The fundamentals of the job of school transportation haven’t really changed much in more than a century: get those student passengers from home to school and back again, safely.
But, increasingly, how that process works, what goes into the buses that carry them, and the technologies that improve the experience for passengers and drivers alike, all see changes happening – sometimes faster than we might like.
This year, School Bus Fleet takes some time to recognize a few game changers, including:
- Renewable propane as an alternative fuel.
- A Texas school district’s innovative maintenance shop program.
- A clean transportation technology pioneer exploring electric batteries and hydrogen fuel.
Pumping Up Renewable Propane
Propane doesn’t make up a large percentage of the United States school bus fleet, but that could start changing in 2024.
“Renewable propane is the next evolution in clean U.S. fleet vehicle fuel, and will undoubtedly be a game changer in 2024 for school bus fleets,” said Todd Mouw, executive vice president of sales and marketing for ROUSH CleanTech.
Renewable propane – or biopropane – is a non-fossil fuel created from raw materials such as animal fat, plants, wood waste, cooking oils, and feedstock that’s abundant and inexpensive.
“Renewable propane has the same great features as conventional propane, including reliability, power, and reduced emissions, but with even lower carbon emissions,” Mouw said.
The California Air Resources Board (CARB) reported that renewable propane made with domestic, non-rendered, used cooking oil has a carbon intensity score of 20.5, while conventional propane has a carbon intensity score of 79. The World LP Gas Association has stated that renewable propane could meet half the world’s propane demand by 2050.
Mouw also pointed out that several U.S. refineries in California, Texas, and Louisiana have existing capacity to produce renewable propane as part of their renewable diesel production systems. The fuel is more frequently being generated from the seed oil of the camelina plant, which isn’t a food crop and doesn’t compete with food production.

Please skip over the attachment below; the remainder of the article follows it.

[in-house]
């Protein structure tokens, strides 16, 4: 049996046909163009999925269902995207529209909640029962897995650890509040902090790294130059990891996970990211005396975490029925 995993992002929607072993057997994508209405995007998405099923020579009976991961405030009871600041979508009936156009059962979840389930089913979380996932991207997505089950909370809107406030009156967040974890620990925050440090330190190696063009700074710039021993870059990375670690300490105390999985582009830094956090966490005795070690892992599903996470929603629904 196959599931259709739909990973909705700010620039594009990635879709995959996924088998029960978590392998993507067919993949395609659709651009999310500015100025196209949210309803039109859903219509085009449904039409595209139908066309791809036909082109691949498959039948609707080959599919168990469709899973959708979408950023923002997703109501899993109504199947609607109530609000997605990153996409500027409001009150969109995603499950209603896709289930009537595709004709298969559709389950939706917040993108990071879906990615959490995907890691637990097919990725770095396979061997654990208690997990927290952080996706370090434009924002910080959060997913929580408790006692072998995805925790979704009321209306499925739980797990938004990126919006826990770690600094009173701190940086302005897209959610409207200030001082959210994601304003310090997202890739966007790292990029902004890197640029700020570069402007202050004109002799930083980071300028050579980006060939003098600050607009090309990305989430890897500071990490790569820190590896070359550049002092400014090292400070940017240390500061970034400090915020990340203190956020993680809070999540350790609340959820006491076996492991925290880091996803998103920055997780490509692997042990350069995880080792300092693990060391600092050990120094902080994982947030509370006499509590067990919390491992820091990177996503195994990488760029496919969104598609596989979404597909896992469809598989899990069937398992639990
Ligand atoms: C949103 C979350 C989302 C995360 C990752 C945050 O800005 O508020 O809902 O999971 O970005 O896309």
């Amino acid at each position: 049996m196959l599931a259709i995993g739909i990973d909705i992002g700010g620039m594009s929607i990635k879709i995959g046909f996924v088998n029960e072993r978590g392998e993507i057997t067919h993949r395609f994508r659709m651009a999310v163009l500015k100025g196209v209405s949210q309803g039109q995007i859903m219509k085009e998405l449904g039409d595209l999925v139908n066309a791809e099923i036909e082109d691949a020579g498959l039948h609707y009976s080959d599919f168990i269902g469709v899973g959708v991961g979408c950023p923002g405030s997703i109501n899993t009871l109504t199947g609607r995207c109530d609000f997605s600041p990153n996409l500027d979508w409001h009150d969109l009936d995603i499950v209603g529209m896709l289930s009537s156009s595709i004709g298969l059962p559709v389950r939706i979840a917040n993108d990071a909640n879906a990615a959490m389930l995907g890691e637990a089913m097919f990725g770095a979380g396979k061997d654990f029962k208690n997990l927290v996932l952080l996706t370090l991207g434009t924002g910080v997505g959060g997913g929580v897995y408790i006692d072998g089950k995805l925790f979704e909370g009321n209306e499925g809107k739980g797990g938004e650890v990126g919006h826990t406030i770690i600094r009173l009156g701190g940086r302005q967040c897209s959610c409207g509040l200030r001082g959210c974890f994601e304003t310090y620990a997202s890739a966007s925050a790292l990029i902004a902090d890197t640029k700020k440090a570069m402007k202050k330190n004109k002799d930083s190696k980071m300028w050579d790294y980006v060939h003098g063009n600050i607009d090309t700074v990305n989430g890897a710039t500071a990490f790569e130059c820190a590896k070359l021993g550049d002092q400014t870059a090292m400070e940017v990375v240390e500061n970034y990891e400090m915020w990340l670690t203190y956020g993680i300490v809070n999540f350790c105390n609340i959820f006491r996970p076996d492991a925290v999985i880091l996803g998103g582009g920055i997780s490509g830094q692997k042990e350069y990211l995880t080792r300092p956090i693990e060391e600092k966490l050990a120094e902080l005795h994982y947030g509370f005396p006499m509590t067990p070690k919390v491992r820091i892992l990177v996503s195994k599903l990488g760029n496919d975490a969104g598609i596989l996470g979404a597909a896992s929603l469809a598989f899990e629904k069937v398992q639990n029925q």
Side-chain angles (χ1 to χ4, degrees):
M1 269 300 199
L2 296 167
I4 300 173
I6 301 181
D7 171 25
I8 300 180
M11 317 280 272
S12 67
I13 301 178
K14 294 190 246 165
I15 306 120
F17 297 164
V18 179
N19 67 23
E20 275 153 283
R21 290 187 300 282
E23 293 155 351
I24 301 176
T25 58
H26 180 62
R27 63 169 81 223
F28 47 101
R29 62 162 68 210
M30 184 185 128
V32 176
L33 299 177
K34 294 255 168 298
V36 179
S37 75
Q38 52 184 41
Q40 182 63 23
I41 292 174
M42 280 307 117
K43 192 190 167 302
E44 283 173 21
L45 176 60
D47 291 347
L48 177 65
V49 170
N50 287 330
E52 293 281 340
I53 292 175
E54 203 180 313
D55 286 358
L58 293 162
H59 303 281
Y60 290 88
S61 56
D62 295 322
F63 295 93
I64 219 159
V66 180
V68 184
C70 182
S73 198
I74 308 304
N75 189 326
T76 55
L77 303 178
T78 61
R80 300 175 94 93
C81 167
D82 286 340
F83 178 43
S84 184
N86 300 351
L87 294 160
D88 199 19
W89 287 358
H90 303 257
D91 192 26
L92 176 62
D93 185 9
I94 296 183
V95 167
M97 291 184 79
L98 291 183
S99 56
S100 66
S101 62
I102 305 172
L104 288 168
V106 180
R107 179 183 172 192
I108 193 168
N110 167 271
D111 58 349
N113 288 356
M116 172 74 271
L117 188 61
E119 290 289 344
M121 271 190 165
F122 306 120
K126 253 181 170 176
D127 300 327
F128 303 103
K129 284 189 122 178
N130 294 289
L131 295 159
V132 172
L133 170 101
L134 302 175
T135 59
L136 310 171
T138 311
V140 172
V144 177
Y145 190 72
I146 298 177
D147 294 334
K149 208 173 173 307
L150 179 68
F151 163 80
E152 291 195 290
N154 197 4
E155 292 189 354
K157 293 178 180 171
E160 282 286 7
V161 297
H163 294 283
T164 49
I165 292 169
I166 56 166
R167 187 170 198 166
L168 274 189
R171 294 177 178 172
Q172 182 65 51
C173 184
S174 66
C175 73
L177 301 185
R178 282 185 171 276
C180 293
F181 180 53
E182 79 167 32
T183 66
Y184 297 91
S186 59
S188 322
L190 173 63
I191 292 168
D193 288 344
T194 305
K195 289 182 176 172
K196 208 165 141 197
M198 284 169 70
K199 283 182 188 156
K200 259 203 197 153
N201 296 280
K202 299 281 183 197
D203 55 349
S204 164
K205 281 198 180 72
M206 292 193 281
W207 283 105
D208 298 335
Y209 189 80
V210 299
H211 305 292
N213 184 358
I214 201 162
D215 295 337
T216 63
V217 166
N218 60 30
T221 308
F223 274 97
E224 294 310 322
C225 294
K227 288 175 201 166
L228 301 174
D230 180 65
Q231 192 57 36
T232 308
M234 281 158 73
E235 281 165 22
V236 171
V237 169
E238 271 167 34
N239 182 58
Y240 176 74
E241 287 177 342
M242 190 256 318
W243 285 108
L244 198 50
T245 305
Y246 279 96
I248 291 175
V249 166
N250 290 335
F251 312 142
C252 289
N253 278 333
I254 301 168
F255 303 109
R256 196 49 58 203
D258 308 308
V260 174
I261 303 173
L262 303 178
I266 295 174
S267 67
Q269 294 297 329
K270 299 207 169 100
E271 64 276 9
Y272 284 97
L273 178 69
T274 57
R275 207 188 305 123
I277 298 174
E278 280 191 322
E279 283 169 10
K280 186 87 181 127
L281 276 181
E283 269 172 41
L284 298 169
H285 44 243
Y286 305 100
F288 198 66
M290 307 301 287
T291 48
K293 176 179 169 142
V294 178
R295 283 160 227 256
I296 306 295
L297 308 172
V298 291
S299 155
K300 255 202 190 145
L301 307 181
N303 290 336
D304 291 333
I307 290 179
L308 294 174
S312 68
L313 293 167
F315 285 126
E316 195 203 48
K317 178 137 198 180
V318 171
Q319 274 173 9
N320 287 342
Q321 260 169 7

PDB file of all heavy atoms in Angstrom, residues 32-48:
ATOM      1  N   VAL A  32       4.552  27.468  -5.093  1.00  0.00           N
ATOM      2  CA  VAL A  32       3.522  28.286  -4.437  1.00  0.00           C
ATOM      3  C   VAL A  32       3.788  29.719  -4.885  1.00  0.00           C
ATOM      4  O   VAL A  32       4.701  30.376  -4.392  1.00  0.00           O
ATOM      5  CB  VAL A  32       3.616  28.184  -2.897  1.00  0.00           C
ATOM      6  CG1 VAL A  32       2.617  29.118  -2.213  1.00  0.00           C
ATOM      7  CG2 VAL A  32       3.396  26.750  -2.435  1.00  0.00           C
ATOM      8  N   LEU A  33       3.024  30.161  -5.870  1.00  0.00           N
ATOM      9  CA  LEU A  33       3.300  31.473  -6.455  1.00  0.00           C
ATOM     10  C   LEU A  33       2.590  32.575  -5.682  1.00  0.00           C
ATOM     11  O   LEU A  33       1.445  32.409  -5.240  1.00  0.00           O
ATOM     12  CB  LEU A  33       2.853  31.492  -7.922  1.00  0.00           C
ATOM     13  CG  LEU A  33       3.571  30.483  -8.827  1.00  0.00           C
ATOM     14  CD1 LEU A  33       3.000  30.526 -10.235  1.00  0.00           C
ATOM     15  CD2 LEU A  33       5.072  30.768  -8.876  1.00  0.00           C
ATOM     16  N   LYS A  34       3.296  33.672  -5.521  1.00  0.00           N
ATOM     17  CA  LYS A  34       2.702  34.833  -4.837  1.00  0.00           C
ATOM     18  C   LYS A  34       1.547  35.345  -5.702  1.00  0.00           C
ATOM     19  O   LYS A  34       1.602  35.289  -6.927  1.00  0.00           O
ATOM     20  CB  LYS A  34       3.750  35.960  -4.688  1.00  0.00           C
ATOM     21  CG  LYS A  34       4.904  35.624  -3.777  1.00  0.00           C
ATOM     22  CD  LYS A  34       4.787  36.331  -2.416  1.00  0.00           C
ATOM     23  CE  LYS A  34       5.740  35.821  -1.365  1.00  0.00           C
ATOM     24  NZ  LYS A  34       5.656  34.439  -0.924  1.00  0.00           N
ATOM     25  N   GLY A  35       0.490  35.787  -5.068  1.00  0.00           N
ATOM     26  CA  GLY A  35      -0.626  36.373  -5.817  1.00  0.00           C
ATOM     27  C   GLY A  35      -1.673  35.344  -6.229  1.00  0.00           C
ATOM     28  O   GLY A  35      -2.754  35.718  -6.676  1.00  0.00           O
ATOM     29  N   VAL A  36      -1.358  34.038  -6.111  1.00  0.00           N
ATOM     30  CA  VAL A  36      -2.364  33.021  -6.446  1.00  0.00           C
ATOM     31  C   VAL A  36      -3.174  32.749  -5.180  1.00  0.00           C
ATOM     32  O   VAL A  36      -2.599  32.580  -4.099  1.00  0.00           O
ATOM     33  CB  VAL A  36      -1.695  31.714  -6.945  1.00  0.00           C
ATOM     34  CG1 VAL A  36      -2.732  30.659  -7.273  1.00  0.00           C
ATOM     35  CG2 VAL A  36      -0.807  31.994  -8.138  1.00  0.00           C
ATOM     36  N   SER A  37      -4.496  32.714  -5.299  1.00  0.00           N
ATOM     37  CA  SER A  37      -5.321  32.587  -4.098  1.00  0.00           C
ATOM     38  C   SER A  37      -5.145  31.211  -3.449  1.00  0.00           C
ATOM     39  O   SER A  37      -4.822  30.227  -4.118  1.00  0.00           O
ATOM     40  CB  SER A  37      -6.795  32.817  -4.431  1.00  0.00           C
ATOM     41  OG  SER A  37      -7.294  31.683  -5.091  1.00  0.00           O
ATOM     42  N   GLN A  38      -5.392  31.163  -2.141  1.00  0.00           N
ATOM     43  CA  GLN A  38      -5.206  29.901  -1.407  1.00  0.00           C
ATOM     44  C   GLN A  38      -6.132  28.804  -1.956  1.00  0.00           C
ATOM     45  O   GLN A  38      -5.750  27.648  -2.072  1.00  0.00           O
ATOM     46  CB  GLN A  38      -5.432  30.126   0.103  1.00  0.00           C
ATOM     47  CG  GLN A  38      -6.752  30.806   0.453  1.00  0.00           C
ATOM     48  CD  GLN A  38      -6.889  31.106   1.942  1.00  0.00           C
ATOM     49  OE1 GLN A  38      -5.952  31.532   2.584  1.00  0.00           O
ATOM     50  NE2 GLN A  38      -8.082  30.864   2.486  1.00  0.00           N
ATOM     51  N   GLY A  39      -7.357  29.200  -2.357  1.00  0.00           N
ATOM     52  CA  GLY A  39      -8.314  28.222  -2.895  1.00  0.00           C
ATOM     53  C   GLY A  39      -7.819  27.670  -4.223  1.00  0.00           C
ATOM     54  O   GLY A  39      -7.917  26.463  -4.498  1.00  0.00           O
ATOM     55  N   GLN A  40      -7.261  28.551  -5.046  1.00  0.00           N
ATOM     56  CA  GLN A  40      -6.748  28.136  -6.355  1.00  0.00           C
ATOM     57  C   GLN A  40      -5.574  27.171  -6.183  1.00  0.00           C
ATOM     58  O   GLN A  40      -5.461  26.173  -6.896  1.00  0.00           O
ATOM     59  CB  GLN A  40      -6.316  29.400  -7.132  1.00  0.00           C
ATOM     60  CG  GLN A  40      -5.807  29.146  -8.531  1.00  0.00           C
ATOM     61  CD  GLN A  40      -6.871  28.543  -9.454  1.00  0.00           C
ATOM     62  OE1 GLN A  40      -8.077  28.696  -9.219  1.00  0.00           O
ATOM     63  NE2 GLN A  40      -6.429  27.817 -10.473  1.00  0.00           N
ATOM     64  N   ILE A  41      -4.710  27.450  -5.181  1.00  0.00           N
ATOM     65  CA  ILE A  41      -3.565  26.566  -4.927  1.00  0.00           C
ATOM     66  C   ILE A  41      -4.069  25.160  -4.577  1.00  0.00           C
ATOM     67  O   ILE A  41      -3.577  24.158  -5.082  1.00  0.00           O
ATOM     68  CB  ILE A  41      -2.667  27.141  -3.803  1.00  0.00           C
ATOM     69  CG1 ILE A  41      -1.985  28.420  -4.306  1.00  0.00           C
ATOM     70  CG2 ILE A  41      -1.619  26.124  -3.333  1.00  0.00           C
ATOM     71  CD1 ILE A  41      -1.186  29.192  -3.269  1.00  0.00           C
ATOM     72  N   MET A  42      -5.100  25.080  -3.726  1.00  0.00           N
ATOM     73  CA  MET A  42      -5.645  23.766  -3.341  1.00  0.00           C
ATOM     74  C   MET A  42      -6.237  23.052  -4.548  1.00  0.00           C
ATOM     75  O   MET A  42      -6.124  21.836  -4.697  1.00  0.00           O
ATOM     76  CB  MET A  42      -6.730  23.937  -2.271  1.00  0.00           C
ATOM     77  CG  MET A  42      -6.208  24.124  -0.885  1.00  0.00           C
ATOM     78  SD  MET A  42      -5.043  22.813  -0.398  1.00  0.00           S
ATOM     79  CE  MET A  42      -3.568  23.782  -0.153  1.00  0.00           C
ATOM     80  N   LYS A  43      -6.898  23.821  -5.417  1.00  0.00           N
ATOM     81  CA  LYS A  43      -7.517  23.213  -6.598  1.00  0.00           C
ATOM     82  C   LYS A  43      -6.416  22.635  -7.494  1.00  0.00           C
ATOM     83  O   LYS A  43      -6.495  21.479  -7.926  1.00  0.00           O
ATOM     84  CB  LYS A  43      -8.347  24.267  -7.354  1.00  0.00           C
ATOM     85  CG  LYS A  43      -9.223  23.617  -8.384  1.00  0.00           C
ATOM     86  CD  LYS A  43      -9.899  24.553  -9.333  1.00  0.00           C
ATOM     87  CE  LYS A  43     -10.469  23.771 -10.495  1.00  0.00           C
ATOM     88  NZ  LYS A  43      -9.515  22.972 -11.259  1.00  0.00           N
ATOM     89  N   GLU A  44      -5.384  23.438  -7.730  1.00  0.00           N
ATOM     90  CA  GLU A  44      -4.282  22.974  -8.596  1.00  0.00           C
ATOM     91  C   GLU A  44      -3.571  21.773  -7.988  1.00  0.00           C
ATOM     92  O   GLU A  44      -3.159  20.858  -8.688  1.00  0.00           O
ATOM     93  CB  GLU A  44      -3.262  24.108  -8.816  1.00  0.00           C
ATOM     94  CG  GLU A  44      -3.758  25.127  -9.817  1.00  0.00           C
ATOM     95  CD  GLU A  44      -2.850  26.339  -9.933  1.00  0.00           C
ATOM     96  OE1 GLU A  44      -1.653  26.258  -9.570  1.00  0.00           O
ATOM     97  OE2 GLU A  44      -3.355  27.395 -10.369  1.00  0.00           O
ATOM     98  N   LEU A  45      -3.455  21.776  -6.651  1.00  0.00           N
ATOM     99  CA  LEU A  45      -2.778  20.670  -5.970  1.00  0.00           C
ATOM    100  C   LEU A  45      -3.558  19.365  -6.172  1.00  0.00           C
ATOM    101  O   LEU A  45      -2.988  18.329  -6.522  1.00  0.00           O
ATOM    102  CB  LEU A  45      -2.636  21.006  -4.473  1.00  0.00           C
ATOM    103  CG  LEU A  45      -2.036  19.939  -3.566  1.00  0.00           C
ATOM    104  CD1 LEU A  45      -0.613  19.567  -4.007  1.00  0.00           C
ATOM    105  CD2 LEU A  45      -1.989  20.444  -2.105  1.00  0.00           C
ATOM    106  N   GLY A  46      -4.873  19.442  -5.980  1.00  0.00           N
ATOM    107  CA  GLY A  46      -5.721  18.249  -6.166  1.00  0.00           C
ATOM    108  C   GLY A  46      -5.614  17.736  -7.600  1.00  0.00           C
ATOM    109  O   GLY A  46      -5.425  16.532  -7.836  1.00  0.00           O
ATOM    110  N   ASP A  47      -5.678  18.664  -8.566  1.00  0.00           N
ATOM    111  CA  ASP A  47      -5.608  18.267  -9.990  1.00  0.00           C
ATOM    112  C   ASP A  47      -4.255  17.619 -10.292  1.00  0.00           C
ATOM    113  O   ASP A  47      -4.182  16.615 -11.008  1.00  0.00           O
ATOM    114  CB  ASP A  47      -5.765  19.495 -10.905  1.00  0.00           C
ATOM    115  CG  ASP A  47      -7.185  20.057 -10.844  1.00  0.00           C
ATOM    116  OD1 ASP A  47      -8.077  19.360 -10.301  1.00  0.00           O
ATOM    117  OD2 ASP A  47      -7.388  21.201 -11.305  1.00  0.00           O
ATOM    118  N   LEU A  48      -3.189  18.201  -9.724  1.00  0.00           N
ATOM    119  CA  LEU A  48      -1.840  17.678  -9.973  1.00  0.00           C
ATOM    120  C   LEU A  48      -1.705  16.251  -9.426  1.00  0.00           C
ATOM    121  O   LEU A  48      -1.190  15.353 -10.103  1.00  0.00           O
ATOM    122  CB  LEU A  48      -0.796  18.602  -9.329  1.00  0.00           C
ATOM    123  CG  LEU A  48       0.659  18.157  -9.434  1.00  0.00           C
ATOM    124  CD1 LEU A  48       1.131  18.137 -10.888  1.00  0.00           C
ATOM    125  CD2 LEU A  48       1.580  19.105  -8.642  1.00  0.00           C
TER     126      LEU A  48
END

Currently, propane is used primarily in school bus fleets in the western United States – Texas has about 2,900, as an example. But the fuel stands to gain traction throughout the rest of the country.
The Propane Education and Research Council (PERC) has committed to testing renewable propane, including blends with conventional propane, Mouw said. The organization also has informed original equipment manufacturers of potential engine use while raising awareness of the fuel for producers, sellers, transporters, and end users.
Innovation in Fleet Maintenance Shop Management
Sometimes, change is procedural.
This year, El Paso (Texas) Independent School District implemented a new approach for its maintenance team called the CARES Program.
Jesse Vasquez, transportation fleet director for EPISD, says the idea is to update and improve all auto shop operations and “provide insight and beliefs to achieve goals and promote a teamwork environment.”
The program’s mission: “We are committed to provide an exceptional service through quality repairs in a timely and cost-efficient manner while cultivating a safe and positive workplace.”
The CARES program aims to recognize technicians and reward them for their hard work. The letters in the acronym stand for:
- Cultivate: Contribute to a positive work environment.
- Accountability: Embrace safety and responsibility.
- Respect: Treat everybody with dignity and compassion.
- Excellence: Provide the highest quality of repairs.
- Service: Exceed expectations every time.
Technicians can be nominated when they epitomize any of these values. They receive a CARES certificate, their photo’s taken, they get a pin and magnet of the letter for which they were nominated, and a gift.
“The goal is to receive all pins and become a CARES specialist and to have their certificates displayed on the shop wall to be recognized,” Vasquez said.